Accordingly, various activities are being carried out to build two sugar factories each with a capacity of crushing 12 thousand tons of cane (TCD) at Tana Beles Sugar Development Project in both Amhara and Benishangul Gumuz regions and these two factories all together have 50 thousand hectares of sugarcane cultivation land.
Likewise, activities are being carried out at Omo-Kuraz Sugar Development Project of South Omo, Bench-Maji and Kaffa zones of Southern Nations, Nationalities and Peoples Regional State where four sugar factories are at different levels of construction owning 100 thousand hectares of sugarcane plantation land. Among them three are each with a crushing capacity of 12 thousand tons of cane a day while one with 24 thousand TCD. Omo-Kuraz Factory One is almost to start production in early 2017.
Similarly, the construction of one sugar factory with 24 thousand TCD using 50 thousand hectares of cane plantation field is underway at Wolkayit Sugar Development Project of Tigray Regional State.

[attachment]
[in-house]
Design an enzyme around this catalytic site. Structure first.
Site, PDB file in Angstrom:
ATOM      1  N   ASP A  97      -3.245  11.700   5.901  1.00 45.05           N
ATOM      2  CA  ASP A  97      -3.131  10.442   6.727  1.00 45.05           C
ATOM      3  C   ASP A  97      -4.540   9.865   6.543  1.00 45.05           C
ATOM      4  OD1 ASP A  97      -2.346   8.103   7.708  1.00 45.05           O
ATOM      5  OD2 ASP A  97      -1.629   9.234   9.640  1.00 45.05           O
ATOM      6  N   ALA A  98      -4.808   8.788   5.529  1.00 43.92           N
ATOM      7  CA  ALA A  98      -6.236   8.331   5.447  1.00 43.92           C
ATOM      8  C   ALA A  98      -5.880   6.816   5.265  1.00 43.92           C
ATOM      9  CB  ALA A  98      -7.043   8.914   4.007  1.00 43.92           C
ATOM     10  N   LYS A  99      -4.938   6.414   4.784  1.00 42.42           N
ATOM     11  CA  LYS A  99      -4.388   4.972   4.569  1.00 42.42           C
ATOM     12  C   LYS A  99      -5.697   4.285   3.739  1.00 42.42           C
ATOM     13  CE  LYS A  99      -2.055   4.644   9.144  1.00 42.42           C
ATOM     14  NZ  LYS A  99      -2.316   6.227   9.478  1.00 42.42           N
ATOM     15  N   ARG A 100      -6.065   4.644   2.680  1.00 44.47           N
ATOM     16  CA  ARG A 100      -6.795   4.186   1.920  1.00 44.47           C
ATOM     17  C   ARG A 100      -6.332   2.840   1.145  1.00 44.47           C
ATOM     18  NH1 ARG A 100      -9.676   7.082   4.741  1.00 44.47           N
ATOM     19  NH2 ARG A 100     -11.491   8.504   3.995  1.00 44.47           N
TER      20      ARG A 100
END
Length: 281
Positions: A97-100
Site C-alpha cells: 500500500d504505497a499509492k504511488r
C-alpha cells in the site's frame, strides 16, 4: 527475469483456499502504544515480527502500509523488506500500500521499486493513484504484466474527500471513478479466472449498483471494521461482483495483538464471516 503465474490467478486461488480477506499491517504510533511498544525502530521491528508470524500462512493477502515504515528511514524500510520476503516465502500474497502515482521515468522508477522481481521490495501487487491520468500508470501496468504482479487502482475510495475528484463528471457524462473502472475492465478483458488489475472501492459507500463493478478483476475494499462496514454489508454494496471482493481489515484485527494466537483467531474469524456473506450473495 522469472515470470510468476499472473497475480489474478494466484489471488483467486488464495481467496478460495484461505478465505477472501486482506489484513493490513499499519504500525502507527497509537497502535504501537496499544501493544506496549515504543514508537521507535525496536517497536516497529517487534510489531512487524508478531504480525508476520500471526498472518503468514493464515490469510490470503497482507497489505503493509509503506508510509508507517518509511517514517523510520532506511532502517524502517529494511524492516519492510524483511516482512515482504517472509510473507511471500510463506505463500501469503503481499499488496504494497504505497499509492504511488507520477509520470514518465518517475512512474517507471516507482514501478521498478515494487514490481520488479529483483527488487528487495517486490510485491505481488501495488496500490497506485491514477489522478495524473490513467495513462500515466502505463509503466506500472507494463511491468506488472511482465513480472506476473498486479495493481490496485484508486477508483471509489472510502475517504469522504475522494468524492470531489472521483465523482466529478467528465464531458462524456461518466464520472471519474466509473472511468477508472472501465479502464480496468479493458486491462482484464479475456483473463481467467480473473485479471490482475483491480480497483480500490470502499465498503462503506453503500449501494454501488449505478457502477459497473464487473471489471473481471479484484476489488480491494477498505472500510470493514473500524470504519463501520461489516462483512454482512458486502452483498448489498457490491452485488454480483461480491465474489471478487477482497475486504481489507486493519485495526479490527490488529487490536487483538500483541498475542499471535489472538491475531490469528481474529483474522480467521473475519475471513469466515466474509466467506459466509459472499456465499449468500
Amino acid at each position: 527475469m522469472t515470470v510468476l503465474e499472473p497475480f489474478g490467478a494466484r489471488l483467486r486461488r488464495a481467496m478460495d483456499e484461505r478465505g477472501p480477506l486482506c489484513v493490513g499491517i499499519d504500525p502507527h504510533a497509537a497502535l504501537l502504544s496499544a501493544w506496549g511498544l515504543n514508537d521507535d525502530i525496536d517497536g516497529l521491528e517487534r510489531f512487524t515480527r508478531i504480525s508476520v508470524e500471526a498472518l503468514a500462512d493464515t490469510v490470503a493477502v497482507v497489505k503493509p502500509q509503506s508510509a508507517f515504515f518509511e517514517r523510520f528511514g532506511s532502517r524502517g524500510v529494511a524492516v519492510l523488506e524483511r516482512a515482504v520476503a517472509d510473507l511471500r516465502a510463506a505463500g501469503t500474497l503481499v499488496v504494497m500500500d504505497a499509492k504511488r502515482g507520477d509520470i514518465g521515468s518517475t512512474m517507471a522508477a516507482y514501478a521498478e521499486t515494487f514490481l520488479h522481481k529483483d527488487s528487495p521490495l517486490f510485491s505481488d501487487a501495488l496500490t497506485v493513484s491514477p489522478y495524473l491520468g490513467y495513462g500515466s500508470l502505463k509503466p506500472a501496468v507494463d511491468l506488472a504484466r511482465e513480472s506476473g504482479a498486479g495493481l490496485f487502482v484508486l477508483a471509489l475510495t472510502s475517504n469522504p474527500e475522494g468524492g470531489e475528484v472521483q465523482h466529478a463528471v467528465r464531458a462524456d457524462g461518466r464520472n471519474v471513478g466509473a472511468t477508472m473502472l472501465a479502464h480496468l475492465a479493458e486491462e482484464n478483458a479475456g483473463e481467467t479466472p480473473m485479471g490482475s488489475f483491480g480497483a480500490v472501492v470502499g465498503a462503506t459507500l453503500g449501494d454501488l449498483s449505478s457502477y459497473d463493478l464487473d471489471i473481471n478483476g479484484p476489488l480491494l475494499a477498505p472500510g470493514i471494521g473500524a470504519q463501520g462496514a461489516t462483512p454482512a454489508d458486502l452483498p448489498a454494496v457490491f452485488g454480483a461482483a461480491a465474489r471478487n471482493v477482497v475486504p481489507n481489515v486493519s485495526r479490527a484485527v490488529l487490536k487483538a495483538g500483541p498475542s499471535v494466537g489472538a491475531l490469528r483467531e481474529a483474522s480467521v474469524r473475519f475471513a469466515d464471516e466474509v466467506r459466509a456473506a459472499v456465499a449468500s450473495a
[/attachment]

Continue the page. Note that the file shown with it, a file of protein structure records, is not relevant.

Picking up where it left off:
Though the sugar industry sector of the nation has more than half a century of experience the disparity in demand and supply of the product has prevailed due to the following factors :-
- Tardiness of the construction of sugar factories;
- The huge rise of demand of the community for the product due to the fast economic growth the nation has registered;
- Amount of production of sugar in existing sugar factories has become unable to satisfy the growing domestic demand;
- Rise of population of the nation and
- Increment of industries which use sugar as input to their product.
Domestic Supply of Sugar
The current annual domestic supply of sugar is between 6 to 6.5 Million Quintals of which 3.25 to 4 Million Quintals of sugar are produced domestically while the rest is imported to fill the gap between demand and supply of the product with a subsidized price. Currently a rough study conducted on the annual consumption of sugar at an individual level is more than 10 Kilo Gram while the supply is only 7 Kilo Gram. And, to do away with above trend, the Government has put the sugar industry sub sector as one among other mega manufacturing industry sectors which have got great attention both in the first and second GTPs.